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C.J. Anderson is just getting warmed up for the Broncos

Ian St. Clair Avatar
March 20, 2015

The debate is over.

C.J. Anderson is the Denver Broncos running back.

No more talk of Montee Ball. No more talk of Ronnie Hillman.

Anderson is the man.

He may get spelled this next season by Juwan Thompson, and the Broncos may use Hillman as a change of pace back, but that’s it.

Anderson developed a chemistry with Peyton Manning, and you do not mess with that.

Even putting Hillman on the field to change things up doesn’t make much sense when you consider it takes carries away from Anderson.

When he touches the ball, great things happen. He’s the prototypical running back the for zone-blocking scheme new Denver coach Gary Kubiak and offensive coordinator Rick Dennison are known for and have had tremendous success with. They want a back like Anderson who cuts once and gets up field with a quick burst. They want that back who is capable of a big play whenever he touches the ball.

Anderson has shown he’s that type of back. It started on that play right before halftime against the Oakland Raiders when he should have been tackled for a loss but somehow scored a touchdown. You remember the play. It was the first of many highlights for the Broncos running back.

Since then, he was the best player on the Denver offense.

Regardless of how people view Ball or any of the other backs, Anderson is the man.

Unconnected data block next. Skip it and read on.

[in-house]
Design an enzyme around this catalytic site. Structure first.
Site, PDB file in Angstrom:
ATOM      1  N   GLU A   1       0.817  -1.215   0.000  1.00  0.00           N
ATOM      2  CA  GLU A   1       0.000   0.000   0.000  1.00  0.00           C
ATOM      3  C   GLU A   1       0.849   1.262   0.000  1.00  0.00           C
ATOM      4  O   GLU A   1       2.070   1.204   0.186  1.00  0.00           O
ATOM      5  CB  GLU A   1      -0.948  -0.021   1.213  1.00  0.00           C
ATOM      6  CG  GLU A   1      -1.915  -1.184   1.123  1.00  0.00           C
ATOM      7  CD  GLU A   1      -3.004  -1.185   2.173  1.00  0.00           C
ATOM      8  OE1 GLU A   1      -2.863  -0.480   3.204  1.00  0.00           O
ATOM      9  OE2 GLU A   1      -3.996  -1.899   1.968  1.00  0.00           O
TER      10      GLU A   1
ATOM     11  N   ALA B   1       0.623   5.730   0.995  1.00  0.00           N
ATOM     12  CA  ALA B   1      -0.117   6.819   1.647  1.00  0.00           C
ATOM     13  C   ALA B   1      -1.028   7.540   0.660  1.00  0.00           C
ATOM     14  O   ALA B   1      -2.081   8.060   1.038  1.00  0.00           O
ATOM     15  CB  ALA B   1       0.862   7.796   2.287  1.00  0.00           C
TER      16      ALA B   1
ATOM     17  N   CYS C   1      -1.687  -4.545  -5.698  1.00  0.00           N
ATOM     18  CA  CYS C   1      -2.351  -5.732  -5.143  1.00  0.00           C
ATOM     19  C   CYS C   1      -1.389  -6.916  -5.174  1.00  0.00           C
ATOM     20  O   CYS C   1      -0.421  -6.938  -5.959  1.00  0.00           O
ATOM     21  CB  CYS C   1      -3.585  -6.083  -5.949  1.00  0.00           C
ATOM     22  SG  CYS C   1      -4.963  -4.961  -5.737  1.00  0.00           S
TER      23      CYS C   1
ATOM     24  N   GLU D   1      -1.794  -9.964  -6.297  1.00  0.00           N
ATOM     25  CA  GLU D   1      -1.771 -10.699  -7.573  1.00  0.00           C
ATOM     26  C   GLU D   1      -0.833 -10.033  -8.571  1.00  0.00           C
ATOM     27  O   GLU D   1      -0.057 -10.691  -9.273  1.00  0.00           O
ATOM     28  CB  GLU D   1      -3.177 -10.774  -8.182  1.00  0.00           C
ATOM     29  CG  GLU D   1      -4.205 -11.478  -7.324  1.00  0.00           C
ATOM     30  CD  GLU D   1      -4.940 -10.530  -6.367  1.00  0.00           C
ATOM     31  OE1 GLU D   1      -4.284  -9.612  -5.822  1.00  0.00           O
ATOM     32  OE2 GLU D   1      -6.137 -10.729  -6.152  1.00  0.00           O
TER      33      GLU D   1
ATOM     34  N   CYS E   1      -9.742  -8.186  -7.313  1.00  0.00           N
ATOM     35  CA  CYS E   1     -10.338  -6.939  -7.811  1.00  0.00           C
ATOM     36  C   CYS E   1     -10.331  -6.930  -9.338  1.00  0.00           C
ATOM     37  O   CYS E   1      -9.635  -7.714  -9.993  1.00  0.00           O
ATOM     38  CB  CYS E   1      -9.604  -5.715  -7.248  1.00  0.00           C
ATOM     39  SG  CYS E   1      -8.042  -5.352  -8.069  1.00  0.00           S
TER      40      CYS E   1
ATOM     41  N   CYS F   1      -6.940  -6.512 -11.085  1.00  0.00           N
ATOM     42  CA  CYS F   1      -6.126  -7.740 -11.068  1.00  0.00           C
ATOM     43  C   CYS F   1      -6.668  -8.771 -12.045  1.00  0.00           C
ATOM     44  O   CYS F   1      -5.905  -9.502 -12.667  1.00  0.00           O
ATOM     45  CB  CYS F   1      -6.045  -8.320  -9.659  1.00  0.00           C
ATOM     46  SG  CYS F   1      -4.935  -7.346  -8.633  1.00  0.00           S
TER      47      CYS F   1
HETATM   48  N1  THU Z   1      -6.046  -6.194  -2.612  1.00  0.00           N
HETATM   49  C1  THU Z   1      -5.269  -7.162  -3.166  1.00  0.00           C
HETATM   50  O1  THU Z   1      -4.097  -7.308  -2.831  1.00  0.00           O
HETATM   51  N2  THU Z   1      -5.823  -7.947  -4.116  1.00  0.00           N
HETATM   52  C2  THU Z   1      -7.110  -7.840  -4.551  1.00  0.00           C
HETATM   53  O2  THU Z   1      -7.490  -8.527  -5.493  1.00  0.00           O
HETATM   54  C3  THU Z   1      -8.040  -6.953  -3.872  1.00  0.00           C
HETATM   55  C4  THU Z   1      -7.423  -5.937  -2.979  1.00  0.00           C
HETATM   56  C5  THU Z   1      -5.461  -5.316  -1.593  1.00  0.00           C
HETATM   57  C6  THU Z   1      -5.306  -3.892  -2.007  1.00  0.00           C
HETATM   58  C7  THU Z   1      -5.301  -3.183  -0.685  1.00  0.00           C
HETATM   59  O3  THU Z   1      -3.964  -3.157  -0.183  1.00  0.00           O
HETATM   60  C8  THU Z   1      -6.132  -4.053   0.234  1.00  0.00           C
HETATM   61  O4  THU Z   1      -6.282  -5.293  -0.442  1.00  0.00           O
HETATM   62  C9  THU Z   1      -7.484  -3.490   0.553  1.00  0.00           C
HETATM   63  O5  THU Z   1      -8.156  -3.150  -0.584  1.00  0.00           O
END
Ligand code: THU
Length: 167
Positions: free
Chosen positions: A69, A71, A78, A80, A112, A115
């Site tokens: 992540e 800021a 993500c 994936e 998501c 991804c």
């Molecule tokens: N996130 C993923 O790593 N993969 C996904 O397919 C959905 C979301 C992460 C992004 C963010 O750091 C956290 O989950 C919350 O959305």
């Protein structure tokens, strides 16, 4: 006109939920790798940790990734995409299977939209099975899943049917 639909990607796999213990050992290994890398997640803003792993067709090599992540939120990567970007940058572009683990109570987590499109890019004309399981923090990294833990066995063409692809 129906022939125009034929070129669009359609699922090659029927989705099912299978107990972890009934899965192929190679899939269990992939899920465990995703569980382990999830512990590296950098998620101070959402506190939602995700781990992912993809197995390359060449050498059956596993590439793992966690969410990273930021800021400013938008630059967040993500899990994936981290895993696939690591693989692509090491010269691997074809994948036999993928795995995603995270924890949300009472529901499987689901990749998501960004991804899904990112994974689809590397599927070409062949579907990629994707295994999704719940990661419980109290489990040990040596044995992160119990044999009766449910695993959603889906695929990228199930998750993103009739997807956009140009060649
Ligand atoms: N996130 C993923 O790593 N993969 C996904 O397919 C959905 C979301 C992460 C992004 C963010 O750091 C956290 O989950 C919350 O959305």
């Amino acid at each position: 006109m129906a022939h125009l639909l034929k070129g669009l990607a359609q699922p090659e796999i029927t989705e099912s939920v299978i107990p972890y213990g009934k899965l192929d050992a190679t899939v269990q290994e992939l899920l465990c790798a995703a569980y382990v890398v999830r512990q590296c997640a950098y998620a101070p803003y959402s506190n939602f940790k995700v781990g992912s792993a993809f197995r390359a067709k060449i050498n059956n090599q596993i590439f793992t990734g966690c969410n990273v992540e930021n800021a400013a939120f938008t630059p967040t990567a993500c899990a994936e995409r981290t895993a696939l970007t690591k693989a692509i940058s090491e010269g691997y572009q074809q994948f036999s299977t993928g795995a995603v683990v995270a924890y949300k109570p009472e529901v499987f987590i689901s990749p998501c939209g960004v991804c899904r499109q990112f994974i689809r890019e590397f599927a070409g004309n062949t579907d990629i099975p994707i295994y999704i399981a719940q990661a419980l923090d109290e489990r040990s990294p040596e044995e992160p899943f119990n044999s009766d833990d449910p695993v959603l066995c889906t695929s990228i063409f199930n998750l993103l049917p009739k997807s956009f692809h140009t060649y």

He’s proven it.

He’s earned it.

The second-year back from the University of California had his breakout season for Denver. He finished with 849 yards on 179 carries but he only played half of the season as the starter. And it’s not as if Anderson got much help from the porous offensive line. Yet he still left an impact. Even though he was the starter for eight games and the playoff loss to the Indianapolis Colts, Anderson was a Pro Bowler (if that means anything anymore).

But what showed the organization and Broncos Country what he’s really made of came in that playoff embarrassment. Anderson was one of two players who played with heart in that game. He was one of a few who put it, pardon the cliche, all on the line. He did his part to will Denver to a win.

His run on fourth-down late in the game speaks volumes. Demaryius Thomas threw his teammates under the bus earlier this offseason and said they may have looked past the Colts. He needs to look in the mirror because it looks as if he did the same with his lack of effort blocking for his teammate. Had Thomas done his job on that play, Anderson would have scored a touchdown.

Broncos Country is quick to make comparisons – as are most sports fans. That is especially true now with the coaches in place for the Broncos and the offense it will use. Some say Anderson runs and plays like Terrell Davis. That’s fair.

The best comparison is Mike Anderson, and not just because they both have the same last name. They have a similar build, running style and demeanor. But that’s unfair to C.J. He’s his own back with his own style.

Let’s not forget he’s an undrafted college free agent who took advantage of his chance and didn’t look back. As Kubiak said, he wants Anderson to act, play and think as though he’s Denver’s No. 1 running back. If you think like a champion, you play like a champion.

As is the case with Chris Harris Jr. and Von Miller, Anderson heads into the offseason with plenty of motivation. Now the goal is to get even better. Given all the factors, it will be fun to see how Anderson develops and the next steps he takes in this system with these coaches.

As of now, the debate is over. Anderson is the Broncos running back.

And he’s just getting warmed up.

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